Scottie Scheffler was built for the tough Bay Hill conditions

ORLANDO, Fla. — One by one, the players left the 18th green at Bay Hill as they completed Sunday’s final round at the Arnold Palmer Invitational looking dazed and confused.

They looked and sounded defeated.

It was a wild day at Bay Hill, which paired perfectly with the endless thrill rides at all the amusement parks in the area.

US Open conditions erupted with thick, rough and hard greens, relentlessly slippery, coupled with a strong breeze, and the players weren’t handling it well. Everyone except Scottie Scheffler.

Before the 25-year-old Scheffler became the tournament winner, just weeks after winning his first career PGA Tour event, at the Waste Management Phoenix Open, his closest competitors got tangled up in trouble that would sabotage their chances. to win and visibly leave them. frustrated afterwards.

Throughout, Scheffler’s facial expression never changed.

That’s why Sunday, with conditions mirroring those of a US Open, suited Scheffler perfectly, who is not only built for tough course conditions, he thrives on them.

That’s why it will be a slight upset if he doesn’t win the US Open for a day or two. His balanced attitude is the perfect antidote to the current problems at the US Open.

Scottie Scheffler poses with the trophy and his family after winning the Arnold Palmer Invitational.
Scottie Scheffler poses with the trophy and his family after winning the Arnold Palmer Invitational.
Kevin C. Cox/Getty Images

When it was over and Scheffler had two 69-foot putts on the 18th green to finish on a par 5-under, clear of the field, Scheffler’s dad Scott stood outside the scoring trailer. beaming when Billy Horschel’s 29-foot birdie putt missed on 18 and his son’s win was confirmed.

Scott Scheffler, who moved from New Jersey with his wife, Scottie and three daughters to Texas when the kids were young, still has a lot of Jersey in him.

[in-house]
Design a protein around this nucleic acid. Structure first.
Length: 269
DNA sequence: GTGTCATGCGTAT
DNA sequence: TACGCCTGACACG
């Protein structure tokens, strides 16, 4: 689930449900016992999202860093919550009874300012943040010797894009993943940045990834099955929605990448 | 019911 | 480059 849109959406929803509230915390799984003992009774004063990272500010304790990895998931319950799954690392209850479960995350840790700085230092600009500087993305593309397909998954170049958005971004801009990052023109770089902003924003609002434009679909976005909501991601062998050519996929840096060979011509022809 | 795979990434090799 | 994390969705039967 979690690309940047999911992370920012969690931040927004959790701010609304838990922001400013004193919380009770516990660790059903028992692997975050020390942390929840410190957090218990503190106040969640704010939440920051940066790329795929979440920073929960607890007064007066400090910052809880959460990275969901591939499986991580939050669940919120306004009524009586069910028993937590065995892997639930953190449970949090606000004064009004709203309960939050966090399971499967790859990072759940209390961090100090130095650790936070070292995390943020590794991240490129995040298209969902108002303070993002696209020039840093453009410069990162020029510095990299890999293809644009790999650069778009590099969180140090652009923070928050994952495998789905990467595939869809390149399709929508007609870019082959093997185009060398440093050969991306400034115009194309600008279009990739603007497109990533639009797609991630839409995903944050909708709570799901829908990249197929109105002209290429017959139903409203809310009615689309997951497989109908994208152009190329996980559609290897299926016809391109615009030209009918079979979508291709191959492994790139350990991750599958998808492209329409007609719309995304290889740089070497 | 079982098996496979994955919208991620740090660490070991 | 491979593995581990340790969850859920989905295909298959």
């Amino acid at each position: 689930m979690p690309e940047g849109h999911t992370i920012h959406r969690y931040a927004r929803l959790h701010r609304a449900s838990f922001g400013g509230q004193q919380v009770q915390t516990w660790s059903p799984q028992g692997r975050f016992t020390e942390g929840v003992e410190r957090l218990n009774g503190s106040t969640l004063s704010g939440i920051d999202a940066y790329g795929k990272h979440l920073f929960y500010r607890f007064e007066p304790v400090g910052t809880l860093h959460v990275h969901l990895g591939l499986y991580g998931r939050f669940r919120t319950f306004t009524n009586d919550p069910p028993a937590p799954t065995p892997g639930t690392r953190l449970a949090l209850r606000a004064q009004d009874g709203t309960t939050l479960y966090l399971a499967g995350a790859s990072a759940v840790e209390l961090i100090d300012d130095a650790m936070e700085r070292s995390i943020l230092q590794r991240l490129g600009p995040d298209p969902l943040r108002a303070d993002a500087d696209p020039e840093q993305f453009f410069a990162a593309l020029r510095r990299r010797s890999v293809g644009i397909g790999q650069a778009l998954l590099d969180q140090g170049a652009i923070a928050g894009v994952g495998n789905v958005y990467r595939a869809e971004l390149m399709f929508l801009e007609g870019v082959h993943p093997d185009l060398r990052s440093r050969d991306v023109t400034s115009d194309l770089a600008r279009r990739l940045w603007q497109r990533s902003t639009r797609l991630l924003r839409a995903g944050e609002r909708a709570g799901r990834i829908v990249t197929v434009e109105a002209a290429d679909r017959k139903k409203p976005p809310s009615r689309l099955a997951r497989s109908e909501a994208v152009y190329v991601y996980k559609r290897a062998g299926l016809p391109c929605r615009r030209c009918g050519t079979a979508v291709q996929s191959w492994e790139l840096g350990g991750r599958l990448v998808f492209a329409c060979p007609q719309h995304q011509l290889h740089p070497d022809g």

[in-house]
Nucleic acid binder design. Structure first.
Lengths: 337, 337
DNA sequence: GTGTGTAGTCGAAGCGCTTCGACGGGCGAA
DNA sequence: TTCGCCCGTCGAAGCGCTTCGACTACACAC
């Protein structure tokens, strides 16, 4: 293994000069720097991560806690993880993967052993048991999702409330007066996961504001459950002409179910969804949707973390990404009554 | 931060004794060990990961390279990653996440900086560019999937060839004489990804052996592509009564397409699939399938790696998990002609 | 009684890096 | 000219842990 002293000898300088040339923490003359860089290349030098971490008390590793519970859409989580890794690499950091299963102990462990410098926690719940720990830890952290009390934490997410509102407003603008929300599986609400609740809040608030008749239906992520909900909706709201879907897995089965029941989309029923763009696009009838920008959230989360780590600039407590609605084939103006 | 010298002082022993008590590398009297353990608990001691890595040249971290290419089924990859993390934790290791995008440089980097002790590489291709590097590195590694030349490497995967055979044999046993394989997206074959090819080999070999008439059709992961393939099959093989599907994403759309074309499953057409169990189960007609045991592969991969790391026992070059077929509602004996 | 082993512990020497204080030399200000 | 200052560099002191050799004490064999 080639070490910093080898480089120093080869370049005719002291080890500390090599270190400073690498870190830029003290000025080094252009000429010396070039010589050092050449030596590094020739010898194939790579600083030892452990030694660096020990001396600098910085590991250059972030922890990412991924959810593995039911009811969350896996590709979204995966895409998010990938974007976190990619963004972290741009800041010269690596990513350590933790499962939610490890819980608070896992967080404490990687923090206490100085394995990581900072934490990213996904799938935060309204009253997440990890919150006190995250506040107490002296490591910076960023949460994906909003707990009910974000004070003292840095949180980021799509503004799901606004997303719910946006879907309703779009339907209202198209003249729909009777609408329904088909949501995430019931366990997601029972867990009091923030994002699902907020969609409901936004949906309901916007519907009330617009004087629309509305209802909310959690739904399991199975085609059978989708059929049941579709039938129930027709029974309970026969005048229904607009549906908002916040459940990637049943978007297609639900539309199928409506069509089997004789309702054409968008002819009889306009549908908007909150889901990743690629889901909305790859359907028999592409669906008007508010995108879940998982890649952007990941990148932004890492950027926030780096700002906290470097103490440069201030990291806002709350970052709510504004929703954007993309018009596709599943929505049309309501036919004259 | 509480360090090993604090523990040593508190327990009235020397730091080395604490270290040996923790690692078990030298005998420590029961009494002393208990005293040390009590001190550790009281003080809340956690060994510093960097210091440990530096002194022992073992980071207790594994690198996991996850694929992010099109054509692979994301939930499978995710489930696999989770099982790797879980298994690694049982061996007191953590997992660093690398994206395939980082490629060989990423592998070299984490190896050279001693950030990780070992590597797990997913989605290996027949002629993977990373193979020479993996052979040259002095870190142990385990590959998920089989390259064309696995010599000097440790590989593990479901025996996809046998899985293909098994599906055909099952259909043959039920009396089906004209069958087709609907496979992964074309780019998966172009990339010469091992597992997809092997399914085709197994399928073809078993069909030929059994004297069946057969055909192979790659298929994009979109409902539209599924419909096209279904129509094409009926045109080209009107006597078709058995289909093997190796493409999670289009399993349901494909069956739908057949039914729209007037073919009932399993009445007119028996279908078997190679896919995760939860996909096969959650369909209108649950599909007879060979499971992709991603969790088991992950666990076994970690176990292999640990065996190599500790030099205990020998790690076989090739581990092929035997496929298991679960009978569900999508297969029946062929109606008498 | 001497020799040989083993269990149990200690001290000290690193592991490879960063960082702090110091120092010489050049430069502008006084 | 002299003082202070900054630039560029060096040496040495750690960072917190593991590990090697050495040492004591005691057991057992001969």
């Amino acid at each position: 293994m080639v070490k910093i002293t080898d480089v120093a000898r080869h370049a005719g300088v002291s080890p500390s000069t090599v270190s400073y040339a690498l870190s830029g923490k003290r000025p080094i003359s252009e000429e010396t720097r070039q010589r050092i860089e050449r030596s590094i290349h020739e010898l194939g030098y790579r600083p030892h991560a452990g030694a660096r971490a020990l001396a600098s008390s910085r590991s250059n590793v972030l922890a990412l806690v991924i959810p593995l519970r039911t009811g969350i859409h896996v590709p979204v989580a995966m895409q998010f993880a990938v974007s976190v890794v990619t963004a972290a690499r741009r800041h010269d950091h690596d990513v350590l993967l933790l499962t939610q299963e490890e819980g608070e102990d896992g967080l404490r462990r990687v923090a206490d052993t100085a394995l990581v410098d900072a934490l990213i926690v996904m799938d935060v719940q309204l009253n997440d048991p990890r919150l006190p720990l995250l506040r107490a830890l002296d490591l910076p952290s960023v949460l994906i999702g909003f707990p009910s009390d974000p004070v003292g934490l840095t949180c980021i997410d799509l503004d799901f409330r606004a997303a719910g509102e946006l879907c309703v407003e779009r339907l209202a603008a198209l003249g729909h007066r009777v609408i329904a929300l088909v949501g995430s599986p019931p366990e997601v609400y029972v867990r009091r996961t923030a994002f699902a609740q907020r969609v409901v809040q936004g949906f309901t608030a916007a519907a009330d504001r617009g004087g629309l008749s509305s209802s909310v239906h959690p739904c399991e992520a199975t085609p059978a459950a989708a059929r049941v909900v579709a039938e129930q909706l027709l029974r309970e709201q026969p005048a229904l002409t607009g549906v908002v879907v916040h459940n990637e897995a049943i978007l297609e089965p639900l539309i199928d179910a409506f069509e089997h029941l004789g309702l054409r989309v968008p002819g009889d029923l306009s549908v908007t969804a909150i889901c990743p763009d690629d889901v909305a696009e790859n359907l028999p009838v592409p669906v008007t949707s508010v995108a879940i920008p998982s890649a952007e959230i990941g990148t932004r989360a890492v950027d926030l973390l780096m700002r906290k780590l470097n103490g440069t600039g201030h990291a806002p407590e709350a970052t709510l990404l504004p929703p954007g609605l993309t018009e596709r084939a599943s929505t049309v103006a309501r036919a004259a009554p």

“I hate to say it, but he’s really good,” said Scott Scheffler. “I don’t know anything else to say. The child just knows how to play. He’s just good at golf. He is really very good at his job. We just stayed away.

It’s been quite a ride for his son, who played in his first Ryder Cup in the fall (and successfully), won his first PGA Tour event last month and now this one.

A year ago, Scottie Scheffler was a very good golfer who was climbing the world rankings with high finishes, but still looking for his first victory.

“He was always like that, taking time to settle down,” his father said. “Everyone was like, ‘Oh, he can’t win, oh, he can’t do this. He’s always been pretty good. Leave him alone. He obviously has the head for the challenge.

The head and the heart.

That’s why, while his competitors blinked on Sunday, he never flinched – even hitting a bad drive on No. 15 under a tree and then snipping a branch with his second shot that didn’t traveled only 30 meters. All Scheffler did was bury a normal 22-foot putt to stay in the chase.

That’s why, after another bad drive on the par-5 16th to a lie and squirrel position that caused a bad second shot and forced him to hit a corner on the green for a long par-putt save, he made that one too.

“It was the US Open conditions,” said Scott Scheffler. “He told me on Thursday. I asked, ‘What is the course defense?’ He said, ‘Greens. Sunday will be a US Open. ”

Scottie Scheffler shakes hands with Viktor Hovland on the 18th green after winning the Arnold Palmer Invitational.
Scottie Scheffler shakes hands with Viktor Hovland on the 18th green after winning the Arnold Palmer Invitational.
Kevin C. Cox/Getty Images

And it played perfectly into the hands of Scottie Scheffler.

“Scottie always told me he was taking on a very, very tough challenge,” Scott Scheffler said.

“Basically, whatever I do, I’m really competitive,” Scottie Scheffler said. “My wife will tell me I’m more competitive playing board games or whatever we’re doing. So when the conditions get really tough and the pitches get really good, I get excited. I work hard, and being in those moments is really fun. I kinda like the challenge of tougher golf courses and tougher conditions.”

Next up for Scheffler is this week’s Players Championship. Then the WGC Match Play. Shortly after, Augusta National, where Scheffler must be considered a favorite after that golf run he practiced.

“We’re all going to take our family trip to Augusta,” Scott Scheffler said. “People go to Hawaii, we go to Augusta. And we’ll be back on the road. We’ll be riding in the 2012 Scottie Yukon with 170,000 miles on the clock.

Scott Scheffler then caught his breath as he prepared to accompany the family to the 18th green for the winners’ ceremony.

“Believe me, I’m beyond thrilled,” he said, taking into account his son’s magical run. “How do you know?”

You don’t.

Not until the proof is served as Scottie Scheffler delivered on Sunday at Bay Hill.

New York Post

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